What Is NEO And Is It A Good Long Term Investment?
Most cryptocurrency investors have had a tough time so far in 2018. But to those who believe in the future of digital assets, today’s falling prices could present long-term buying opportunities. If you fall into this category, then you’re probably asking yourself which cryptocurrencies to buy on the dip? Throughout the current cryptocurrency “bear market”, I’ve looked more closely at some of the different cryptocurrencies on offer. Is NEO a good long-term investment? Let’s find out.
The usual disclaimer:None of this information is investment advice. Investing in cryptocurrencies is extremely risky and you should always rely on your own research or that of a professionally licenced financial adviser before making any investments. I personally own NEO along with several other cryptocurrencies in my Crypto Portfolio.
There are plenty of “golden rules” about investing. But one that stands out for me is this: never invest in anything you don’t understand.
This advice is a well-known mantra of Warren Buffett, who by the way publicly admitted several times on CNBC that he neither understands nor would ever consider investing in cryptocurrencies.
Make of that what you will, but either way, if you’re going to consider investing in NEO – or any cryptocurrency for that matter – it’s worth understanding how it works.
Before we go on, basic blockchain and cryptocurrency definitions:
NEO is a cryptocurrency with its own blockchain.
A cryptocurrency is a type of ‘digital asset’ that can be used to transfer value online without the need for a centralized middleman, such as a bank.
Blockchain is the ‘decentralized machine’ that can facilitate cryptocurrency transactions by cutting out said middleman. It is a public online record or “ledger” of who owns what.
The ‘what’ doesn’t have to be in the form of financial value (like bitcoin for example), it can also be in the form of digital rights or data.
Back to NEO…
NEO has been dubbed the “Chinese Ethereum” by crypto investors because it shares some similarities with Ethereum.
The Ethereum blockchain has two important things which distinguish it from the Bitcoin blockchain:
- First, it allows users to attach IF conditions to cryptocurrency payments via smart contracts. I can send the Ethereum token (ether) directly to your Ethereum address, or I could send it to a smart contract address with conditions attached to it. IF those conditions are met, you receive the ether. IF they are not, you don’t:
- Second, Ethereum is a programmable blockchain. Tech savvy coders can use their programming skills to build their own applications on the Ethereum platform. Because the Ethereum apps are decentralized (not controlled by a middleman e.g. the Apple app store), the apps are called ‘decentralized apps‘ or ‘dApps‘. Dapps can have their own native crypto tokens but still rely on the Ethereum blockchain to function. This gives the Ethereum platform enormous value.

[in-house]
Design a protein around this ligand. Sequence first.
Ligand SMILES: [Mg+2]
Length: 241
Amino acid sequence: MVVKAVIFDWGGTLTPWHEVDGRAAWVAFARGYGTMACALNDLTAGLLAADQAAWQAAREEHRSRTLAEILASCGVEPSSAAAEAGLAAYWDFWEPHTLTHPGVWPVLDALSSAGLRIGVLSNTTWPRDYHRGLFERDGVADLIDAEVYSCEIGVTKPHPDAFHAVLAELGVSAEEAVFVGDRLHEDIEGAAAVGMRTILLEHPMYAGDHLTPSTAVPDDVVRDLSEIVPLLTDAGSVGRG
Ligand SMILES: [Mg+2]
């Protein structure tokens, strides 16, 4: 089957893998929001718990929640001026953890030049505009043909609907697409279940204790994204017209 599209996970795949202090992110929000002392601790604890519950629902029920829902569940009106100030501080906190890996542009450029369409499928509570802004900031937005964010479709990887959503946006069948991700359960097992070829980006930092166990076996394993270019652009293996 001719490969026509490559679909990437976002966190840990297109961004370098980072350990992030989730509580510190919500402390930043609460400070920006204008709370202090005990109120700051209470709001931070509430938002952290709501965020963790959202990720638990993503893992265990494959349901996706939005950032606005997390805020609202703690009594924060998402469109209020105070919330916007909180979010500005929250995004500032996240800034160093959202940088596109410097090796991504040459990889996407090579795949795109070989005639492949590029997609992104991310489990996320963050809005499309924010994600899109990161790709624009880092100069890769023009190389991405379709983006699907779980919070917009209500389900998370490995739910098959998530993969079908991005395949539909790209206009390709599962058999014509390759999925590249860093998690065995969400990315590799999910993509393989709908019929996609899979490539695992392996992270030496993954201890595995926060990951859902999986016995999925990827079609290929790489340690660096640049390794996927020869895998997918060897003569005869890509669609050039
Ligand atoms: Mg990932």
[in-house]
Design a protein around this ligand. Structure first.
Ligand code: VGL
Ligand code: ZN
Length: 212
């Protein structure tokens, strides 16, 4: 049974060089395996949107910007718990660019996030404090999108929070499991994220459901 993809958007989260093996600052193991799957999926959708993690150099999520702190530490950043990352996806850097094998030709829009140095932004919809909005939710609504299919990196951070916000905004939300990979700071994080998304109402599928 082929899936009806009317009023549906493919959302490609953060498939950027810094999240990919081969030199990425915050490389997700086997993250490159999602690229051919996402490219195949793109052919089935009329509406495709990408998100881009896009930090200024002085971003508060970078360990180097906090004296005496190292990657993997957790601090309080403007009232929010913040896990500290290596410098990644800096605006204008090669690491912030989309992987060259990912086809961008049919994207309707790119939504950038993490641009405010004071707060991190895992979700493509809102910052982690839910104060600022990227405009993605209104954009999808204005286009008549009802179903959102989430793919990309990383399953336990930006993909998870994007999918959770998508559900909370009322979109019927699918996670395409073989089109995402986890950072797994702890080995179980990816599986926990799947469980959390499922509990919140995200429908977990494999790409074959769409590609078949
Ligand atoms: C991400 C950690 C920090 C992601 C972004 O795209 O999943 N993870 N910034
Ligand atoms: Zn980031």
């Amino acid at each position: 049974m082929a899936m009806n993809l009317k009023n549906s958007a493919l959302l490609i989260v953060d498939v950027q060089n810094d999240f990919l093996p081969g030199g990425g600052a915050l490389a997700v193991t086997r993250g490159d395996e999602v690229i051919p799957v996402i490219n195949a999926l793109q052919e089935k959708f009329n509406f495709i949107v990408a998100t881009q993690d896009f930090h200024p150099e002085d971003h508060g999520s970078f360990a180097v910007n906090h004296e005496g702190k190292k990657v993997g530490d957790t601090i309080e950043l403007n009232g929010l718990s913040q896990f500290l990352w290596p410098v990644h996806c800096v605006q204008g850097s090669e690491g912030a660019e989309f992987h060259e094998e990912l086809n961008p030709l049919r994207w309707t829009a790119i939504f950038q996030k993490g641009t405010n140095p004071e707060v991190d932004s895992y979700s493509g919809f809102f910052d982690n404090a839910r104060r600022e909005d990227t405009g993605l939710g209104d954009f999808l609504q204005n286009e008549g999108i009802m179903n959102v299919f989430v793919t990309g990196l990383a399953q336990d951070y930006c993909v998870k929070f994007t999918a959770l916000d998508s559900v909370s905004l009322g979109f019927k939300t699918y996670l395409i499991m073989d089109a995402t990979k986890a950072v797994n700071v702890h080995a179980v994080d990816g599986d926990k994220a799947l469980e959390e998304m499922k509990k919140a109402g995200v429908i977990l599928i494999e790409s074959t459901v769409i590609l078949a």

NEO shares the above two characteristics with Ethereum; on the NEO platform, computer coders can also build smart contracts and dApps.
Side note: other cryptocurrencies like LISK and Cardano also share the above two characteristics – but those are stories for another day!
Just like Ethereum, the NEO platform facilitates smart contracts and dApps. But what makes NEO different to Ethereum and other cryptocurrencies?
1. NEO uses something called ‘Proof-of-Stake’ (PoS)
Before we get to PoS, let’s first discuss Proof-of-Work (PoW) as this will be important as a comparison.
Earlier I mentioned that blockchain doesn’t need a middleman, such as a bank, to process transactions. If I send bitcoin to you over the blockchain, for example, that digital currency goes straight to your Bitcoin wallet address.
There is no bank in the middle of the transaction needed to debit my bank account and credit yours. The transaction is processed and recorded on the blockchain.
But how is this possible? How can digital currency be transmitted without a middleman?
Ethereum (like Bitcoin) uses something called Proof-of-Work (PoW) to do this.
Without getting too technical, PoW is an algorithm used in the cryptocurrency mining process. It essentially involves a cryptographic puzzle miners try solving to be rewarded new cryptocurrencies.
Through the PoW mining process:
- Cryptocurrency transactions occurring over given time frames are grouped into blocks.
- Each block comes with its own cryptographic puzzle.
- Miners compete using special mining software and vast computing power to find a solution to the puzzle.
- The miner who finds the solution broadcasts it out to the entire cryptocurrency network.
- The network confirms the solution and rewards the miner new cryptocurrency and the total transaction fees for the block.
- The block is added to the blockchain and the transactions within the block are confirmed.
- With each successive block confirmation, transactions within all previous blocks become exponentially harder to reverse.
In a nutshell, what the above is saying is that miners are responsible for confirming transactions on the blockchain. This makes them an essential piece of the blockchain’s architecture. Since miners are spread out all over the world, there is no need for a middleman.
Put another way, PoW achieves decentralized consensus of the state of the network.
There are many arguments which favour PoW as the best mechanism for blockchain’s decentralization – we won’t go over these here – but one concern stems from PoW’s high electricity usage.
The mining competition involved in PoW has caused miners to use ever more powerful (and more expensive) mining equipment and computing power. This has set barriers to entry for ‘ordinary miners’ trying to mine cryptocurrency using their home computers.